The DOMAIN statement requests analysis for domains (subpopulations), in addition to analysis for the entire study population. The DOMAIN statement names the variables that identify domains, which are called domain variables.
It is common practice to compute statistics for domains. The formation of these domains might not be known at the design stage. Therefore, the sample sizes for the domains are often random. Use a DOMAIN statement to incorporate this variability into the variance estimation.
Note that a DOMAIN statement is different from a BY statement. In a BY statement, you treat the sample sizes as fixed in each subpopulation, and you perform analysis within each BY group independently.
Use the DOMAIN statement on the entire data set to perform a domain analysis. Creating a new data set from a single domain and analyzing that with PROC SURVEYPHREG yields inappropriate estimates of variance.
A domain variable can be either character or numeric. The procedure treats domain variables as categorical variables. If a variable appears by itself in a DOMAIN statement, each level of this variable determines a domain in the study population. If two or more variables are joined by asterisks (*), then every possible combination of levels of these variables determines a domain. The procedure performs a descriptive analysis within each domain that is defined by the domain variables. Domain variables must not occur in the CLASS statement.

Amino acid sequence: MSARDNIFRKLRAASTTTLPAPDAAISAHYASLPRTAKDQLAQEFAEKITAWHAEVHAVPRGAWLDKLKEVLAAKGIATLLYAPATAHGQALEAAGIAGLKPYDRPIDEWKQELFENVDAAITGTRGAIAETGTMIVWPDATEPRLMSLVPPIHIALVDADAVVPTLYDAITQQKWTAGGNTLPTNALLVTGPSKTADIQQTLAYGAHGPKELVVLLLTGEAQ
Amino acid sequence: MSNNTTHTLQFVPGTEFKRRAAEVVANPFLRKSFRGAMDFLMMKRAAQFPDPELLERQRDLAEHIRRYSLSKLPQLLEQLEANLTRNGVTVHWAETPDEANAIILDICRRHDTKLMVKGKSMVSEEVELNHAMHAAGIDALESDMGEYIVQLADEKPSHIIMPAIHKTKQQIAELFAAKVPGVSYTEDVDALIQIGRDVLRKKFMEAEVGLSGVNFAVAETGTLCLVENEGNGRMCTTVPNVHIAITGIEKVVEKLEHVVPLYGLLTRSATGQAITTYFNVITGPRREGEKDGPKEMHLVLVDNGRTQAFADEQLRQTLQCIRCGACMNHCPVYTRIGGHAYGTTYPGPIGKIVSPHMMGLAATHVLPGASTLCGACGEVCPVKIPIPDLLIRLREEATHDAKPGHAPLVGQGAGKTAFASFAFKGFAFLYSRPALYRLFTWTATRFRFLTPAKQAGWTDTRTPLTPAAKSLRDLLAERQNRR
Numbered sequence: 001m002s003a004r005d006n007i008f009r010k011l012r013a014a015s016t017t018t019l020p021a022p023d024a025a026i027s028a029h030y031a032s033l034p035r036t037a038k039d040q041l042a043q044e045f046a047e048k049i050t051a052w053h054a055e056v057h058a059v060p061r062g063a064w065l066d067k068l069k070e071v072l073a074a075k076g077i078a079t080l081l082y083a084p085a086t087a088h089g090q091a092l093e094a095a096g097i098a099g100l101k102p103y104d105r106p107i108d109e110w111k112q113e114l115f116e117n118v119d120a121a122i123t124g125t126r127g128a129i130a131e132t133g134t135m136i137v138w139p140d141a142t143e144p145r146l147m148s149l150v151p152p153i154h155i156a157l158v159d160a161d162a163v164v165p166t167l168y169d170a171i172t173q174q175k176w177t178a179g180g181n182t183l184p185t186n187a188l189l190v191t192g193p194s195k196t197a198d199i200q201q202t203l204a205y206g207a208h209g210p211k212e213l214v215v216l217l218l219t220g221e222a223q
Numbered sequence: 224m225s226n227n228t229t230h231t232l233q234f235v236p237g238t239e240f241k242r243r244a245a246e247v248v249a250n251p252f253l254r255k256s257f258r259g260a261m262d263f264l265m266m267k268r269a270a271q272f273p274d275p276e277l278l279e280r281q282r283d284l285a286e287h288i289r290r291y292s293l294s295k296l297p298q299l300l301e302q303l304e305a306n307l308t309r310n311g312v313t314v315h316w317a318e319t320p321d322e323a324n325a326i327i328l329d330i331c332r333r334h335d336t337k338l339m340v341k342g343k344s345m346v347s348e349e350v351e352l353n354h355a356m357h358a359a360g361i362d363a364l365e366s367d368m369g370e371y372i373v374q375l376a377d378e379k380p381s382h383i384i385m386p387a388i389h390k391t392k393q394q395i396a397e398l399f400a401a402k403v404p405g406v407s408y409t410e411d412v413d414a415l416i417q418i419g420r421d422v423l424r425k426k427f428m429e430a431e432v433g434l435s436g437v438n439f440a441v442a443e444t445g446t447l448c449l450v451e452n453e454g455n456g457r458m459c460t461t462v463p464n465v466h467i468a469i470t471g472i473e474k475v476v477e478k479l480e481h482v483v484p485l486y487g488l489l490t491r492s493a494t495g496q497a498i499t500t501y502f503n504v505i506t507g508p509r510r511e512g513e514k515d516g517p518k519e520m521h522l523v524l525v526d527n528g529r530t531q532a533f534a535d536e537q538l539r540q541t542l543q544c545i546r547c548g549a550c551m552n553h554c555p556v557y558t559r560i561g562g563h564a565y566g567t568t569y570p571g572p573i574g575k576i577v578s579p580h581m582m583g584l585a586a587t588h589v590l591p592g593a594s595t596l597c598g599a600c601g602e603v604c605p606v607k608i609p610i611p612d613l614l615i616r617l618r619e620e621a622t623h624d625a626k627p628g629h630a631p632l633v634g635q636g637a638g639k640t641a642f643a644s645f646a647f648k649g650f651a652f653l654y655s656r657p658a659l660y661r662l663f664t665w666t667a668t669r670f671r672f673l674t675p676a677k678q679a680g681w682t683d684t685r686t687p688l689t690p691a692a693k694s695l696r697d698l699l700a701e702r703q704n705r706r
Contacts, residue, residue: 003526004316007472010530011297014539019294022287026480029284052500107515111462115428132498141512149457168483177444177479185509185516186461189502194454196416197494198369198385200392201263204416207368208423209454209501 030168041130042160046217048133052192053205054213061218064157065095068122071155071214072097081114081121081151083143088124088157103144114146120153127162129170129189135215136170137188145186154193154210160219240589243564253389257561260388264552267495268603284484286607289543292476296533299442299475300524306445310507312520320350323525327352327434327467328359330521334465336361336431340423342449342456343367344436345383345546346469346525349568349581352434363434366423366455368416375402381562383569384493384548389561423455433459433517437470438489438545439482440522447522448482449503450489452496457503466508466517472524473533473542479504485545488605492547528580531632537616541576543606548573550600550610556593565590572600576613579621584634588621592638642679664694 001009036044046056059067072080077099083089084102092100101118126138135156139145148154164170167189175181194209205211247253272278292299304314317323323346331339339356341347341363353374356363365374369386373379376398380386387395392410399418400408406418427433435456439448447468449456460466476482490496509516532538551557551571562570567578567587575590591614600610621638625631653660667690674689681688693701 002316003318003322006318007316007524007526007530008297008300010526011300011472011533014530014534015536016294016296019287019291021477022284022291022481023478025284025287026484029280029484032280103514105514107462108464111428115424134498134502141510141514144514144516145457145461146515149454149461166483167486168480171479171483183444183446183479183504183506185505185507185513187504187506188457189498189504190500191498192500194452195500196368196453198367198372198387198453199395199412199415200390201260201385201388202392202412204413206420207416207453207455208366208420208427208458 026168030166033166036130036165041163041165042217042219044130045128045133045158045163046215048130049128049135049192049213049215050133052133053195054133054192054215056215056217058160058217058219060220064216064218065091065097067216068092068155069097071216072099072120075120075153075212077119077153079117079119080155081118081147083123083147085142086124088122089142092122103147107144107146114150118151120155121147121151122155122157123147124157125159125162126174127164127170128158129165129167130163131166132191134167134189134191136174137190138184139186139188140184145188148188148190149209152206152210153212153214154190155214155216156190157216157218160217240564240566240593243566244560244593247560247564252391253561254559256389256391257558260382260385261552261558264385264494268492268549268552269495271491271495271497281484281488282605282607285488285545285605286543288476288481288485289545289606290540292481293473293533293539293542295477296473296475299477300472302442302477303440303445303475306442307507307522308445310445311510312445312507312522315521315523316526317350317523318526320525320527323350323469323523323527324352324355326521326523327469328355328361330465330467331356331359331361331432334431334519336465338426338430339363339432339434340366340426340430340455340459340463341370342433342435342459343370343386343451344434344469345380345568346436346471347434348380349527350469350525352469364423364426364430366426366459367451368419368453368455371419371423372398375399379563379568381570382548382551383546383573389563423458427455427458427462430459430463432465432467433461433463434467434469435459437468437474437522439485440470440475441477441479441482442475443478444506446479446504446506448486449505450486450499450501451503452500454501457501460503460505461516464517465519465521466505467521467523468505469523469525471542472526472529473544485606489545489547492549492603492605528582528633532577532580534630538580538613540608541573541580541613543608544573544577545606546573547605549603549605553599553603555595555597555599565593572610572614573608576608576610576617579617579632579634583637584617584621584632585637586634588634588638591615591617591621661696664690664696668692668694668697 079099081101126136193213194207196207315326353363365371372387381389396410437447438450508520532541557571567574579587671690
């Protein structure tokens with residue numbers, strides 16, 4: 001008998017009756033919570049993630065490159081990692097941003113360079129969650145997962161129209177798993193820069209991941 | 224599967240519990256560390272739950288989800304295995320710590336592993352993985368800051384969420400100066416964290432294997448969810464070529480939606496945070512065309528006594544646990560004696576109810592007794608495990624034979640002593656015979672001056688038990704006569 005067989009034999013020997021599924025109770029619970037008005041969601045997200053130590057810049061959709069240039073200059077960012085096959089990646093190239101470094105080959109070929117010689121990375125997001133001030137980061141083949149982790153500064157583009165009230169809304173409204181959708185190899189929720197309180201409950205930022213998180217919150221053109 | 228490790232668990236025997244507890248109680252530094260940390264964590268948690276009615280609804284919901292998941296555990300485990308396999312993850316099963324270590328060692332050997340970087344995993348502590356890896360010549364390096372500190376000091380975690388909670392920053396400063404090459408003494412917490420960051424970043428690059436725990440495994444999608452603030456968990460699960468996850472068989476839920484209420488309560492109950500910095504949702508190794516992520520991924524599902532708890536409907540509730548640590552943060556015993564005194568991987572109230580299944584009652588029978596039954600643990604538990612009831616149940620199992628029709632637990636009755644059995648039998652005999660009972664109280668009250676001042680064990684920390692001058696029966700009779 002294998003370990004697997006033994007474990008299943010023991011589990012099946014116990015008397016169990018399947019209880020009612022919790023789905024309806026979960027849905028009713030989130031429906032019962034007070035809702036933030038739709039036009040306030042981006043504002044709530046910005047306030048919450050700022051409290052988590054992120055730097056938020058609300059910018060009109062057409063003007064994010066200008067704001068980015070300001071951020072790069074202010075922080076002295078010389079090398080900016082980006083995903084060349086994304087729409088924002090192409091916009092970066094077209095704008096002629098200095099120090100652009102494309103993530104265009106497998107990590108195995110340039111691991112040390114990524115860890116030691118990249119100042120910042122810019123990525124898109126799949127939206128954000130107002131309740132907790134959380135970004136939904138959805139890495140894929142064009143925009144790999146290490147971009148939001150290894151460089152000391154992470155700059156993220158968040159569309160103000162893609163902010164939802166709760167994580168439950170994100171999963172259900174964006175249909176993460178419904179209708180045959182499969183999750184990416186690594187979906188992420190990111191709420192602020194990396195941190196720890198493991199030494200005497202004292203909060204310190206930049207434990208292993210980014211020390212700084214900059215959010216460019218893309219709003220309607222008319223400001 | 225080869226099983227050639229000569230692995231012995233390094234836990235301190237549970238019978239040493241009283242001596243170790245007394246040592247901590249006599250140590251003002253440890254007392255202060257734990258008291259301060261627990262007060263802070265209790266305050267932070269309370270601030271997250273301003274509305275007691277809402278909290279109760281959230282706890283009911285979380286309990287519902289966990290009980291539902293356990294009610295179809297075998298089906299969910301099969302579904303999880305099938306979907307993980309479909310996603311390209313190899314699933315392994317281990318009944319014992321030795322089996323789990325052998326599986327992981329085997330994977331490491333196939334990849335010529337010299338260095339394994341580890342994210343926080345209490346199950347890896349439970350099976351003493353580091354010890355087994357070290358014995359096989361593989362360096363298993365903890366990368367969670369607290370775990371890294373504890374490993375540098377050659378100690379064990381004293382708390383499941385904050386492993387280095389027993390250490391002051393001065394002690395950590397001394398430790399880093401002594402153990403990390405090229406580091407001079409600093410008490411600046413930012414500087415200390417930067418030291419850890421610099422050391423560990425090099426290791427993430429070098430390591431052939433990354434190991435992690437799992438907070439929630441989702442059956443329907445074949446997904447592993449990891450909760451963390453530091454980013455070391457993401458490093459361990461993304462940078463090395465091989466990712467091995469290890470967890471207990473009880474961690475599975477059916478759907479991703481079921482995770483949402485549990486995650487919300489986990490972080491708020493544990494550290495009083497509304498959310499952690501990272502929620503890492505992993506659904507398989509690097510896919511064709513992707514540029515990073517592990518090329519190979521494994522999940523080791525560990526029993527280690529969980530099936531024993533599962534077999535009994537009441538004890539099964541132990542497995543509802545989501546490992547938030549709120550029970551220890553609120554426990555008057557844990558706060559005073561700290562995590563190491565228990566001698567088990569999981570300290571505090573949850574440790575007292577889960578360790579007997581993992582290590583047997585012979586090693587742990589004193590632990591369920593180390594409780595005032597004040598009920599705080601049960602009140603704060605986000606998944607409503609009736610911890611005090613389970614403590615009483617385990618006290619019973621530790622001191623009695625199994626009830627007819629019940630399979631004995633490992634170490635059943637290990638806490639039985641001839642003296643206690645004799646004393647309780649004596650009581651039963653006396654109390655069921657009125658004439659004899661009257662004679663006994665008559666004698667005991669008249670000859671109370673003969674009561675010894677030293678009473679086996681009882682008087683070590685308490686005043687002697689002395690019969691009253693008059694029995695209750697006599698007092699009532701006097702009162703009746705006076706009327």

The formatted values of the domain variables determine the categorical variable levels. Thus, you can use formats to group values into levels. For more information, see the FORMAT procedure in the Base SAS Procedures Guide and the FORMAT statement and SAS formats in the SAS Formats and Informats: Reference.